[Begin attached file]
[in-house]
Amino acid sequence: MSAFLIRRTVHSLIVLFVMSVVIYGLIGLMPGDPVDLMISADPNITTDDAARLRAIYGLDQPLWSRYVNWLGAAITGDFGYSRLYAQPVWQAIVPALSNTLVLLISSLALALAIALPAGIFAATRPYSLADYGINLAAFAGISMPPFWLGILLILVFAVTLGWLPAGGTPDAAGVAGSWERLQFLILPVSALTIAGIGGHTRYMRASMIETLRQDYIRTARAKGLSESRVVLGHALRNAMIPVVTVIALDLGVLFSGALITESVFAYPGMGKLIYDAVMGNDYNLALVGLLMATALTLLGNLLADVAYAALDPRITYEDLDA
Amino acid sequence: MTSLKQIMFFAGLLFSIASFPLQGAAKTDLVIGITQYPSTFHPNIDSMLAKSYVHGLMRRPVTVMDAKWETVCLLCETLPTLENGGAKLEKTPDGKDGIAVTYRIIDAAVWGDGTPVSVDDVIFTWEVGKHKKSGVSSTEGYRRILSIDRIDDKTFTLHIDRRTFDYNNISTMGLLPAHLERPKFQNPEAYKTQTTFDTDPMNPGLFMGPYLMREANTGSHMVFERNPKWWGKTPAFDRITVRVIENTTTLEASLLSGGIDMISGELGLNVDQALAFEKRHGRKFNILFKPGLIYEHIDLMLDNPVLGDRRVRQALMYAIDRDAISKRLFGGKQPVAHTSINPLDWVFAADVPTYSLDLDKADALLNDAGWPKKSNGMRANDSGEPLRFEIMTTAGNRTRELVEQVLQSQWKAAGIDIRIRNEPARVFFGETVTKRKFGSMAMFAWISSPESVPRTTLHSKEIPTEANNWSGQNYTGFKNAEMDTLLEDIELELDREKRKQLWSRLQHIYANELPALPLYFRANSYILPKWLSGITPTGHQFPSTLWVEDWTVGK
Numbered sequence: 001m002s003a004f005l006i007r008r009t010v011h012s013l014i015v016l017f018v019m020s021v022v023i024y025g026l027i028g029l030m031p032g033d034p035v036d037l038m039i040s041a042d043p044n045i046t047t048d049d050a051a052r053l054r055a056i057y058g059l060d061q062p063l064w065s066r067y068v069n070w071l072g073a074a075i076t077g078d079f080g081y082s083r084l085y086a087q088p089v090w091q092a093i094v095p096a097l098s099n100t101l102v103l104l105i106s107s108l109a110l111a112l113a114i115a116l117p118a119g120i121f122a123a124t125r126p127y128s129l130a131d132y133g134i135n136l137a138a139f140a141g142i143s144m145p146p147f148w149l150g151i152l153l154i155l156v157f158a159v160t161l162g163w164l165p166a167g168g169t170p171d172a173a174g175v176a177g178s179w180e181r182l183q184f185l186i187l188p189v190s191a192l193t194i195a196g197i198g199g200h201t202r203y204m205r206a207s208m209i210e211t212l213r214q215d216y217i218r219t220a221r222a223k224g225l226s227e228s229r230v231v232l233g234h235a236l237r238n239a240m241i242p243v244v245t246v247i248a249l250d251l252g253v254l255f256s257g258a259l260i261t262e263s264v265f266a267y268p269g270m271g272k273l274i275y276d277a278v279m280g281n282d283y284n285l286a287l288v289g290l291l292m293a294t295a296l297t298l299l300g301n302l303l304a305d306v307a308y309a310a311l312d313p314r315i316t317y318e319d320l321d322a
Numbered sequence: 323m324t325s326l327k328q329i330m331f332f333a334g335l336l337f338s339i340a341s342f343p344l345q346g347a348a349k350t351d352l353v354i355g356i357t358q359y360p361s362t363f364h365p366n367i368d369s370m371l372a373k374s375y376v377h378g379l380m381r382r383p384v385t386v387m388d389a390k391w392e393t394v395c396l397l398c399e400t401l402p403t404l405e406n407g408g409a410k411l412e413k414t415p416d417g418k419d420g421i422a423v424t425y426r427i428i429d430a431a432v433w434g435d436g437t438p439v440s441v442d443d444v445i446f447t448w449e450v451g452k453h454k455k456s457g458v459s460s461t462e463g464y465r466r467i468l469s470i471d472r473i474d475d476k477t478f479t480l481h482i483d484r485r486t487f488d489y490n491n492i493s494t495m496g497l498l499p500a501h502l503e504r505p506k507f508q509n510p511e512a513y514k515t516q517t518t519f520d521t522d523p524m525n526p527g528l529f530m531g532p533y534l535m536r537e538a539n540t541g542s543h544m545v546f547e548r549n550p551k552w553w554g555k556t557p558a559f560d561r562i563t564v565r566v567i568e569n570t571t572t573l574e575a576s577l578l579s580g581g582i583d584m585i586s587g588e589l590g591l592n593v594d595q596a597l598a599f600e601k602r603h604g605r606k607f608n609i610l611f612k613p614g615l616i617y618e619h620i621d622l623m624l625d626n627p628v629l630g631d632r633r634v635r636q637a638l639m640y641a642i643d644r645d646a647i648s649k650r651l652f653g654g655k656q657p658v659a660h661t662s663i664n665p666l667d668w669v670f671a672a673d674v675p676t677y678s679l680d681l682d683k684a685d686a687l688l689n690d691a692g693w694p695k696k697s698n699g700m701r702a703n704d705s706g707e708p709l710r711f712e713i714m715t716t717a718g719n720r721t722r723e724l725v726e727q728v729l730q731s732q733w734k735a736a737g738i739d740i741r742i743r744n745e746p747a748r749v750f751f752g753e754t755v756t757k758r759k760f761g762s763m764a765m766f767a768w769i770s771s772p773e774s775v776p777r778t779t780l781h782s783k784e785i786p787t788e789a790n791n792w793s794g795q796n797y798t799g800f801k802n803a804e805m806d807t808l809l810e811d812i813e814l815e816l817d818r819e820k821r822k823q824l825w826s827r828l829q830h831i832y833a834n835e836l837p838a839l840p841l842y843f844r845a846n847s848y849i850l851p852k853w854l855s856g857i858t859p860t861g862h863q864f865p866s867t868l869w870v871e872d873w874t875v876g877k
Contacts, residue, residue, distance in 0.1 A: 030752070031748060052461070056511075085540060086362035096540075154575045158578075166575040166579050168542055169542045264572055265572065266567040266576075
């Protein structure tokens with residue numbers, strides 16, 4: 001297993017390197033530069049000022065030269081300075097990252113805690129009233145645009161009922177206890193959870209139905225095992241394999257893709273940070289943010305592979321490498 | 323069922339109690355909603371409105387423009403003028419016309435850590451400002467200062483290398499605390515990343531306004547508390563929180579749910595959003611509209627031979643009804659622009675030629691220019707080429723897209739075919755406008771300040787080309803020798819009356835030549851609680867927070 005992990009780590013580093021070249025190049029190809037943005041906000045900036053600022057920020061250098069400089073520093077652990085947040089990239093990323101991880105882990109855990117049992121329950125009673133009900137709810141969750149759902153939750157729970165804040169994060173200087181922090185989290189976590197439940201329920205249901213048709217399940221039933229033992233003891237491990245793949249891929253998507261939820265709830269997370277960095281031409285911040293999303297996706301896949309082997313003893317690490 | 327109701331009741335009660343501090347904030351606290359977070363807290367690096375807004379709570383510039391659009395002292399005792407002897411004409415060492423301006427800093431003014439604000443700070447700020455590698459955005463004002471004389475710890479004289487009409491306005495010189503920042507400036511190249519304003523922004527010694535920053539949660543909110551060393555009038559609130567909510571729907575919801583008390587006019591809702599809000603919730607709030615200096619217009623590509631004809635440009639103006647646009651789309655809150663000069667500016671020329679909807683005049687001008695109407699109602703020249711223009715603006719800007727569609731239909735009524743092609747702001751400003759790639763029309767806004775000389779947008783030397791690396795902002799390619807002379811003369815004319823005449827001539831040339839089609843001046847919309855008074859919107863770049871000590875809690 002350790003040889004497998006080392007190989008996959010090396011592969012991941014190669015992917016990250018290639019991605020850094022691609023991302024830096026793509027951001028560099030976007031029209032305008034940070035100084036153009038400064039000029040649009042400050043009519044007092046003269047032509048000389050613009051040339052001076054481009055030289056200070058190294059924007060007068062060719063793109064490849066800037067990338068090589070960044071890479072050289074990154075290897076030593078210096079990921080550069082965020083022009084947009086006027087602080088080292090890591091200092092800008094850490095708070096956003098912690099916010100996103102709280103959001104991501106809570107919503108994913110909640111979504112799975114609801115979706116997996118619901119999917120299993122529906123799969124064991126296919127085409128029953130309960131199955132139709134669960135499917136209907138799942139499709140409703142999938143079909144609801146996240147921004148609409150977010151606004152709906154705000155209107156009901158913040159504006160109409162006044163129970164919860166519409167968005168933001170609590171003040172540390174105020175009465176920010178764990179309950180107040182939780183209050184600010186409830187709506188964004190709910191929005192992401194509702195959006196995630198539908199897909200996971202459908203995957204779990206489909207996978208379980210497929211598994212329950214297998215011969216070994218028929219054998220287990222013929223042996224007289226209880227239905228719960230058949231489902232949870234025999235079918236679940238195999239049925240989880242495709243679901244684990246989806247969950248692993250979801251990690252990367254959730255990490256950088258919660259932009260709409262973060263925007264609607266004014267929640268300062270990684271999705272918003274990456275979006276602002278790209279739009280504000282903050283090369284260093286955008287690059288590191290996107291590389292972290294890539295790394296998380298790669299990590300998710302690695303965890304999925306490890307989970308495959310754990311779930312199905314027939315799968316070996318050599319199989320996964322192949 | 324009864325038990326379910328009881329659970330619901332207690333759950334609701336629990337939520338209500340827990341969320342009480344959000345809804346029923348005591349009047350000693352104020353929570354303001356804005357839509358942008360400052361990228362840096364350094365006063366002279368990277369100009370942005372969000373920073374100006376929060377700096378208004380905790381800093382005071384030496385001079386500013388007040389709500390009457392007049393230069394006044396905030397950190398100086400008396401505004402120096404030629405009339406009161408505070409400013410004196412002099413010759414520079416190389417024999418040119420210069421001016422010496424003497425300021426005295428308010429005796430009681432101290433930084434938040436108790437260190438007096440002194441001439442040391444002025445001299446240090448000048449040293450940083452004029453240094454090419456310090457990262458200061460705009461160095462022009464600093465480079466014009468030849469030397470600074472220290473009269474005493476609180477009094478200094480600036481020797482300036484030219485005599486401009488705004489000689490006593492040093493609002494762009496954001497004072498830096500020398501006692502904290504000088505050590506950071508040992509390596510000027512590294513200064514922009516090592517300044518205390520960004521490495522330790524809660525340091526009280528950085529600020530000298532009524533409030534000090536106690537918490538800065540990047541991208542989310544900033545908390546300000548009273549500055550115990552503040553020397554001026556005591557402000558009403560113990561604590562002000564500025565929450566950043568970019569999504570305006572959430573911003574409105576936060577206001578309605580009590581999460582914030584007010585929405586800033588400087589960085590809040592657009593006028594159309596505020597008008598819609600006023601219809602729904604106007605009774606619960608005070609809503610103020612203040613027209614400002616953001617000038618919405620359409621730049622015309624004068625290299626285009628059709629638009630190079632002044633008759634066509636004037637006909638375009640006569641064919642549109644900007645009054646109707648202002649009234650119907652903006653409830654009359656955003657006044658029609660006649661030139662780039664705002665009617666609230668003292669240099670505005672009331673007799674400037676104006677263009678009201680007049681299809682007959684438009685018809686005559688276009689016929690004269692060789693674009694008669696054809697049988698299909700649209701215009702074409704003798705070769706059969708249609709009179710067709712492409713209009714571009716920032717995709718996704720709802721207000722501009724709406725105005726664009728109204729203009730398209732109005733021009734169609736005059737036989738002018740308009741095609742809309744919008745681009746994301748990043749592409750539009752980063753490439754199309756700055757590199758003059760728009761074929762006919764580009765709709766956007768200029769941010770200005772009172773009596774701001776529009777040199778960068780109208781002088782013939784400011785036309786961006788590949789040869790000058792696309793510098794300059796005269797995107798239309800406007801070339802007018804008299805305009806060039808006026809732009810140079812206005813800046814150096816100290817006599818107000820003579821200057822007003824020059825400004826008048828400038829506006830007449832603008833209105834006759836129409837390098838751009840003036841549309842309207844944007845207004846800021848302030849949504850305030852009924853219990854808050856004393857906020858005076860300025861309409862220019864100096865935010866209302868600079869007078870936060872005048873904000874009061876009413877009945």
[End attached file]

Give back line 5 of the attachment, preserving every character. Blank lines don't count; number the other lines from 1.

Numbered sequence: 323m324t325s326l327k328q329i330m331f332f333a334g335l336l337f338s339i340a341s342f343p344l345q346g347a348a349k350t351d352l353v354i355g356i357t358q359y360p361s362t363f364h365p366n367i368d369s370m371l372a373k374s375y376v377h378g379l380m381r382r383p384v385t386v387m388d389a390k391w392e393t394v395c396l397l398c399e400t401l402p403t404l405e406n407g408g409a410k411l412e413k414t415p416d417g418k419d420g421i422a423v424t425y426r427i428i429d430a431a432v433w434g435d436g437t438p439v440s441v442d443d444v445i446f447t448w449e450v451g452k453h454k455k456s457g458v459s460s461t462e463g464y465r466r467i468l469s470i471d472r473i474d475d476k477t478f479t480l481h482i483d484r485r486t487f488d489y490n491n492i493s494t495m496g497l498l499p500a501h502l503e504r505p506k507f508q509n510p511e512a513y514k515t516q517t518t519f520d521t522d523p524m525n526p527g528l529f530m531g532p533y534l535m536r537e538a539n540t541g542s543h544m545v546f547e548r549n550p551k552w553w554g555k556t557p558a559f560d561r562i563t564v565r566v567i568e569n570t571t572t573l574e575a576s577l578l579s580g581g582i583d584m585i586s587g588e589l590g591l592n593v594d595q596a597l598a599f600e601k602r603h604g605r606k607f608n609i610l611f612k613p614g615l616i617y618e619h620i621d622l623m624l625d626n627p628v629l630g631d632r633r634v635r636q637a638l639m640y641a642i643d644r645d646a647i648s649k650r651l652f653g654g655k656q657p658v659a660h661t662s663i664n665p666l667d668w669v670f671a672a673d674v675p676t677y678s679l680d681l682d683k684a685d686a687l688l689n690d691a692g693w694p695k696k697s698n699g700m701r702a703n704d705s706g707e708p709l710r711f712e713i714m715t716t717a718g719n720r721t722r723e724l725v726e727q728v729l730q731s732q733w734k735a736a737g738i739d740i741r742i743r744n745e746p747a748r749v750f751f752g753e754t755v756t757k758r759k760f761g762s763m764a765m766f767a768w769i770s771s772p773e774s775v776p777r778t779t780l781h782s783k784e785i786p787t788e789a790n791n792w793s794g795q796n797y798t799g800f801k802n803a804e805m806d807t808l809l810e811d812i813e814l815e816l817d818r819e820k821r822k823q824l825w826s827r828l829q830h831i832y833a834n835e836l837p838a839l840p841l842y843f844r845a846n847s848y849i850l851p852k853w854l855s856g857i858t859p860t861g862h863q864f865p866s867t868l869w870v871e872d873w874t875v876g877k